We hear a lot about the pioneering efforts of social media maven Scott Monty at Ford Motor Company. He’s where the influencers are (even outside the Hilton at SXSW offering free rides). Forget what he’s doing for the Ford brand, his story alone makes business news. I’m a physician and I follow him.
So where’s the Scott Monty of health care? I’m still looking. It’s puzzling that more companies haven’t followed from the Ford example.
United Health Group, for example, the largest managed care group in the United States with over 30 million subscribers is virtually absent on Twitter (There is an account named UnitedHealth with 9 followers, following no one and without a single update). Why should the largest insurer in the US be talking? Well, just like everyone needs a car, everyone needs insurance.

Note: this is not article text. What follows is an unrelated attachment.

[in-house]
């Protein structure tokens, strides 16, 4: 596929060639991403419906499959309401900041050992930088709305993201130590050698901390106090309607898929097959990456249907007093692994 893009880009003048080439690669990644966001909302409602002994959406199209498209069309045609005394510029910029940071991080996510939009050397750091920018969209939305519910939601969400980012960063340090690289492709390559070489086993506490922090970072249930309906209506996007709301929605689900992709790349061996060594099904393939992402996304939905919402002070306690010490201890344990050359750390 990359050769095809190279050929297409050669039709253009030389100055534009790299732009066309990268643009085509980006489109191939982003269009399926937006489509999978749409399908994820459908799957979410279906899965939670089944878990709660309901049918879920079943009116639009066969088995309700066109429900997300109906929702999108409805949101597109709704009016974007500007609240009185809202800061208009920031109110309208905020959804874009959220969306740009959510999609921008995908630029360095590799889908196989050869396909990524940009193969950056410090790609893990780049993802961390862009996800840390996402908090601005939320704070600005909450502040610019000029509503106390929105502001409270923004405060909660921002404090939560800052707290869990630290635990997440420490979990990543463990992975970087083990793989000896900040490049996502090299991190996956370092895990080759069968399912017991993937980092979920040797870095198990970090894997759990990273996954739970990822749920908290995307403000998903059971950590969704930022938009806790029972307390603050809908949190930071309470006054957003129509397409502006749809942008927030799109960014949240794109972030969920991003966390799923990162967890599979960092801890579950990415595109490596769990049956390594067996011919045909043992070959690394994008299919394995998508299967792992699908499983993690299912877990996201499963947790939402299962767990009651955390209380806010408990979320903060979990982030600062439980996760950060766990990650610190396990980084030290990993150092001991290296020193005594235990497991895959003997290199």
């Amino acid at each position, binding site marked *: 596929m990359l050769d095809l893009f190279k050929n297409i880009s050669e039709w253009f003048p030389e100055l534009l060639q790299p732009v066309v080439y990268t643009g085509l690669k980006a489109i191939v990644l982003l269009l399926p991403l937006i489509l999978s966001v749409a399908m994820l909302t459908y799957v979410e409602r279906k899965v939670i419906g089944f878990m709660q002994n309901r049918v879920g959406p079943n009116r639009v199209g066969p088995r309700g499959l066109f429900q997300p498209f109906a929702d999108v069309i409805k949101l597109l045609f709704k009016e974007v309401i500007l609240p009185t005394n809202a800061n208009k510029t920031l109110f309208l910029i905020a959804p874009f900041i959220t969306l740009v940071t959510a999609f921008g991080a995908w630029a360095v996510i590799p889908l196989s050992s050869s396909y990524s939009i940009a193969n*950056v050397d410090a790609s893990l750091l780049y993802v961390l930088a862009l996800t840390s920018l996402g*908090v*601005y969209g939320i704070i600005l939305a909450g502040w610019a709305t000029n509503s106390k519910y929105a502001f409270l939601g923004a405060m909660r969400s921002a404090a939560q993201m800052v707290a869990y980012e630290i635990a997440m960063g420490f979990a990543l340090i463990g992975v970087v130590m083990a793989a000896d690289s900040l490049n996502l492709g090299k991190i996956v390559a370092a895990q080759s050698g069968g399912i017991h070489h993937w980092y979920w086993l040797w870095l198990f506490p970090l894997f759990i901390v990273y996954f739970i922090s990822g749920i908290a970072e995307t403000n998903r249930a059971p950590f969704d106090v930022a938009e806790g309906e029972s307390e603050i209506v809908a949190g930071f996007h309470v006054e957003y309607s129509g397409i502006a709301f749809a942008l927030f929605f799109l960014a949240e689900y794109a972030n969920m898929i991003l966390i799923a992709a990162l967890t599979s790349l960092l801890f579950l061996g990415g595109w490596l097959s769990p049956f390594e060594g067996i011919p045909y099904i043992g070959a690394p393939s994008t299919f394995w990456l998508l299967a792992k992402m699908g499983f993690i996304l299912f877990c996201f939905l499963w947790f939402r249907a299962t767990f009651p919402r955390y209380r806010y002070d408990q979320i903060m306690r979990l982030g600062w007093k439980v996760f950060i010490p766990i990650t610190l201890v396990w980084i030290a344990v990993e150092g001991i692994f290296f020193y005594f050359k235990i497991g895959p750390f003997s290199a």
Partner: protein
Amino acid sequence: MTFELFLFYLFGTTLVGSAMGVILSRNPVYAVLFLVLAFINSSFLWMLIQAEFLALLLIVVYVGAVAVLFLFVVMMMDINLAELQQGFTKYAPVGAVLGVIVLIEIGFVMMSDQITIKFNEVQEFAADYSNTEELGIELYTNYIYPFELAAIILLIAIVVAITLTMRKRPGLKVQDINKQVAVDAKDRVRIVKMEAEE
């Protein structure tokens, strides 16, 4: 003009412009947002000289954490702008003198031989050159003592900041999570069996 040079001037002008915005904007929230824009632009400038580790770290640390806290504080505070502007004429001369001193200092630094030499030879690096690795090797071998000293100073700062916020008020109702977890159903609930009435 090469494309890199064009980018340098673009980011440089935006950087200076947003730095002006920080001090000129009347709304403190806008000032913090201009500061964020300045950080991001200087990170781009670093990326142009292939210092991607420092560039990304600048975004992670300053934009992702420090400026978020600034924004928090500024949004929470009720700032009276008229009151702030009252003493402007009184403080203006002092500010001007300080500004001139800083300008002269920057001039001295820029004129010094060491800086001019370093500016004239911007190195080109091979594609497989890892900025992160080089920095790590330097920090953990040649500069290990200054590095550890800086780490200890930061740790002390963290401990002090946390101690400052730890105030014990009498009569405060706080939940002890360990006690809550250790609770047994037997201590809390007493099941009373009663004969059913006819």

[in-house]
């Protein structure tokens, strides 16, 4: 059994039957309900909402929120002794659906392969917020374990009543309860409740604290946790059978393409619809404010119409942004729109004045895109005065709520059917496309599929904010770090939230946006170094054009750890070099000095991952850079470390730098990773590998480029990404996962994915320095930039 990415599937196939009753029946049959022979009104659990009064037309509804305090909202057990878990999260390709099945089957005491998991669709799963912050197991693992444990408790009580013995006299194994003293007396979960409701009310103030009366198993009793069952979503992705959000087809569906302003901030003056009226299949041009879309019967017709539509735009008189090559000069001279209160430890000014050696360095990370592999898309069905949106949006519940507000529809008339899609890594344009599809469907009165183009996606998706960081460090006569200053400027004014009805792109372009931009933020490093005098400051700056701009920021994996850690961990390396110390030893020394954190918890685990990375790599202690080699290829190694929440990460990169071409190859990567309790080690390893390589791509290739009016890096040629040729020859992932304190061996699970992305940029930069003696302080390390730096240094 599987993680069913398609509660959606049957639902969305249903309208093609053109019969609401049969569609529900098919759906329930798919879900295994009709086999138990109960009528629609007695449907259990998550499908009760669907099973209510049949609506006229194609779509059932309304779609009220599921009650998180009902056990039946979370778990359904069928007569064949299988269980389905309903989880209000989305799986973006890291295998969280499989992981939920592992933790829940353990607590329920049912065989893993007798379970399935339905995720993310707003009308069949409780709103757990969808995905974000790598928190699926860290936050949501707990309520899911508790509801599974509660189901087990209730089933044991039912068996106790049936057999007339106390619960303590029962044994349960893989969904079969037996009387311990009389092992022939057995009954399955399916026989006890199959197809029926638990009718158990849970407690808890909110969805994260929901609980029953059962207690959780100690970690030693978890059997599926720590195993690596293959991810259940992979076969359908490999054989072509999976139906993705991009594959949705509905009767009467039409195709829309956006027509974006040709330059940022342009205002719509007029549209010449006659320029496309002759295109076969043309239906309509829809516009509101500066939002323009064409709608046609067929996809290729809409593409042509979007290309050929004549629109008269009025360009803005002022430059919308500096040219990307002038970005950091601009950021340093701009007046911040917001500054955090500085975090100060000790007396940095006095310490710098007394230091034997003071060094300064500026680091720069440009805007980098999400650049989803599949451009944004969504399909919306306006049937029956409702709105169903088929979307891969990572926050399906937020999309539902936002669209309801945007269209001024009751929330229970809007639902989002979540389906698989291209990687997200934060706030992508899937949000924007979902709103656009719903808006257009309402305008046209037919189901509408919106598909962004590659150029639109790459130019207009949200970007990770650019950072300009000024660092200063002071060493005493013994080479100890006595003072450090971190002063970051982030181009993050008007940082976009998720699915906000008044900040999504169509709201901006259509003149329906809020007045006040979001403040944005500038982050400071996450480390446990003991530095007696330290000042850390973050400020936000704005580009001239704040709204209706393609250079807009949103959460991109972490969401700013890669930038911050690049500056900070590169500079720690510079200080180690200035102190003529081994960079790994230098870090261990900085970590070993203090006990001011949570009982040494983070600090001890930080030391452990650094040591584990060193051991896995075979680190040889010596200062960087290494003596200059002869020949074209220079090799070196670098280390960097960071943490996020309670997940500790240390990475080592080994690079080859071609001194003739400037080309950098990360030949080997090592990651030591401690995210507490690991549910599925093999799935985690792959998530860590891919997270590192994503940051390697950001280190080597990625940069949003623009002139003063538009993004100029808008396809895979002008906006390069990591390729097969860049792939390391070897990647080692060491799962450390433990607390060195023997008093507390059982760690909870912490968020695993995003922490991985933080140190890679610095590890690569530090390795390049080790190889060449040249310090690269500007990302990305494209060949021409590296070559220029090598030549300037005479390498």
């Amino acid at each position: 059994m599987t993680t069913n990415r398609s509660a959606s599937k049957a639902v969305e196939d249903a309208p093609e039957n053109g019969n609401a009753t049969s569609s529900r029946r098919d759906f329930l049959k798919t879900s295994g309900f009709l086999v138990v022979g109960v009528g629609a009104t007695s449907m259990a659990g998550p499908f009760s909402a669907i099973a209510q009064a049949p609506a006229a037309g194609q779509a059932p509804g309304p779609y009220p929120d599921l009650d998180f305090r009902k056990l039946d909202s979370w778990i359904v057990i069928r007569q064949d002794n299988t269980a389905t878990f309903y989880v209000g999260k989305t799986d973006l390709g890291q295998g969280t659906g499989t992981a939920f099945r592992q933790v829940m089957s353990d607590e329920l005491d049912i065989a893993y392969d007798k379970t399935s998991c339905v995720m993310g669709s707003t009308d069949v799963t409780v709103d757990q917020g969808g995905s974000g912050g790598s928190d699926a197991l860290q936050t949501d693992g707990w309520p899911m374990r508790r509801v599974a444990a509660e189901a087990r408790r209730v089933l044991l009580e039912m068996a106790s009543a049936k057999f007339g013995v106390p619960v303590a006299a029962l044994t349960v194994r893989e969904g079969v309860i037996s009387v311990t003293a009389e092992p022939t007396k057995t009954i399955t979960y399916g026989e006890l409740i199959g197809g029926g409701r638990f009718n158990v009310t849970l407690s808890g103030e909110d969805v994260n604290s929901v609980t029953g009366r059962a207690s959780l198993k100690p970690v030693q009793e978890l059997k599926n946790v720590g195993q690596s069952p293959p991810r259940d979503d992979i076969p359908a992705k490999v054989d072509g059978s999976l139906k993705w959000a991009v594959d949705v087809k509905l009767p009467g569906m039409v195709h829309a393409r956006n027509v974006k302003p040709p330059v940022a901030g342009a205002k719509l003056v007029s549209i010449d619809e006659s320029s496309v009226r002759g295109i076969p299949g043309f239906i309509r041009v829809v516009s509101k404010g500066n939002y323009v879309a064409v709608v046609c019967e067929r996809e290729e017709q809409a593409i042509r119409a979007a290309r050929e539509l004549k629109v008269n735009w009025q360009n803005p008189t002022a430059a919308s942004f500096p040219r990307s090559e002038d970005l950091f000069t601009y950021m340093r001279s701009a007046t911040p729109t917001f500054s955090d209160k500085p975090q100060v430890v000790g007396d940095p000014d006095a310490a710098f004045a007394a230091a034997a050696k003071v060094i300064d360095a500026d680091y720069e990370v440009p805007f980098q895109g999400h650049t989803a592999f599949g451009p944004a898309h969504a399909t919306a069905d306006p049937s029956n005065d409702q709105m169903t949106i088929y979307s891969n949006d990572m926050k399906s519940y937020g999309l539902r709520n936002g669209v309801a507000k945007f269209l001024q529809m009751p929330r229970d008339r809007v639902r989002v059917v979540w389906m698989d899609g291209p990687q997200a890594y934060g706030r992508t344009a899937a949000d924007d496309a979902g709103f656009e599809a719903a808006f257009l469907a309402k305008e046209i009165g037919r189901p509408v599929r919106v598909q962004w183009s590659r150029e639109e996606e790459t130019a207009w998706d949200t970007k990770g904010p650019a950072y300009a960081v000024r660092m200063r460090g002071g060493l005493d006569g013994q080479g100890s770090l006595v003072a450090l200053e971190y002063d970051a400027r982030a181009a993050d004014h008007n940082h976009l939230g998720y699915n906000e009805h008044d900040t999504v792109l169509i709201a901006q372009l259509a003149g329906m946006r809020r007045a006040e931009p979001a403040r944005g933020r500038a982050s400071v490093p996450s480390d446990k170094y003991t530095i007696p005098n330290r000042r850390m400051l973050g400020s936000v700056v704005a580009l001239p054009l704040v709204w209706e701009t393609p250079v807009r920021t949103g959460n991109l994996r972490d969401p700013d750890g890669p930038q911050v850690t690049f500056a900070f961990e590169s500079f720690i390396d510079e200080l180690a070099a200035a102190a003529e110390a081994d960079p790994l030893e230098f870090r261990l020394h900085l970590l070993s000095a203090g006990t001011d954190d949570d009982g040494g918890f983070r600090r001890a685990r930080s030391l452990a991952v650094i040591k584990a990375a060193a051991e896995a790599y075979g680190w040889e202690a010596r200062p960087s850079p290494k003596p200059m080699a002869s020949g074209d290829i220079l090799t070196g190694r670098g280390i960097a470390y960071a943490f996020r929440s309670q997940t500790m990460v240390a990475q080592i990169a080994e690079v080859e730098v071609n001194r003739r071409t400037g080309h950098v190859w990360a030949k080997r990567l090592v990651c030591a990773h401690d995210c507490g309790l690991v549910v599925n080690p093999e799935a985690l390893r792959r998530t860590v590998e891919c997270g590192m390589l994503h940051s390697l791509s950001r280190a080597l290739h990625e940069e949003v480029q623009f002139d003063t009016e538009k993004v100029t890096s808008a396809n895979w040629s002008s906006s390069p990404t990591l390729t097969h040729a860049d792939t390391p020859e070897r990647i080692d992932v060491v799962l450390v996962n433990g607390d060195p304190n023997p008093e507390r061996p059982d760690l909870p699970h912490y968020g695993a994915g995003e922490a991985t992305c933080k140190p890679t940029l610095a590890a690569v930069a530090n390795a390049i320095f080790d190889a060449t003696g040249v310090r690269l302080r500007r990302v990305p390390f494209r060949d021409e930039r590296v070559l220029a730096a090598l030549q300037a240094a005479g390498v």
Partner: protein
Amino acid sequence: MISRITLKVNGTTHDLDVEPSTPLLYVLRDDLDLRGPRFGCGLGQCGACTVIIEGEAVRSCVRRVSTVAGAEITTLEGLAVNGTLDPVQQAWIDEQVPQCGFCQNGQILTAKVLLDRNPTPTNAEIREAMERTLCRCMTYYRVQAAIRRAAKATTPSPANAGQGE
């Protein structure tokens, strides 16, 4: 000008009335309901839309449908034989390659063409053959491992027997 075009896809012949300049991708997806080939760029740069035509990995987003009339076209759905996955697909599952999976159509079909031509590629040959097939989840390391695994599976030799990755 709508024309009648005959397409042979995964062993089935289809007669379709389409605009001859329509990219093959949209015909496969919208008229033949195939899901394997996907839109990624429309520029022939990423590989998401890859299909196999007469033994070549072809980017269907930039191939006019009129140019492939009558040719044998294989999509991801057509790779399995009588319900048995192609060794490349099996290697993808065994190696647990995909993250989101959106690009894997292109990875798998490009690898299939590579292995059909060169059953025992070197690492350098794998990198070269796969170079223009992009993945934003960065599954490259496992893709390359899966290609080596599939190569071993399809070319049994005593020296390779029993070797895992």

Struggling no less than the auto industry with their reputation, brand and bottom line is the pharmaceutical industry. Yet a genuine, human presence is no where to be found.
And what about the doctors? The American Medical Association, an organization that has grappled with it image among young doctors is in a unique position to reshape itself around social media and connect with 21st century doctors. NAMC, an AMA organization, has identified the role of social media in health communication. State organizations such as the Texas Medical Association have a very visible SM presence under the passionate leadership of Steve Levine (@texmed). Organizations such as the TMA or NAMC should be leveraged to help the AMA gain a real position as health and conversation converge.
Who would have thought that one company within the troubled industry on the brink of collapse would spawn a new model of marketing. Makes me think that there may be hope yet for health care.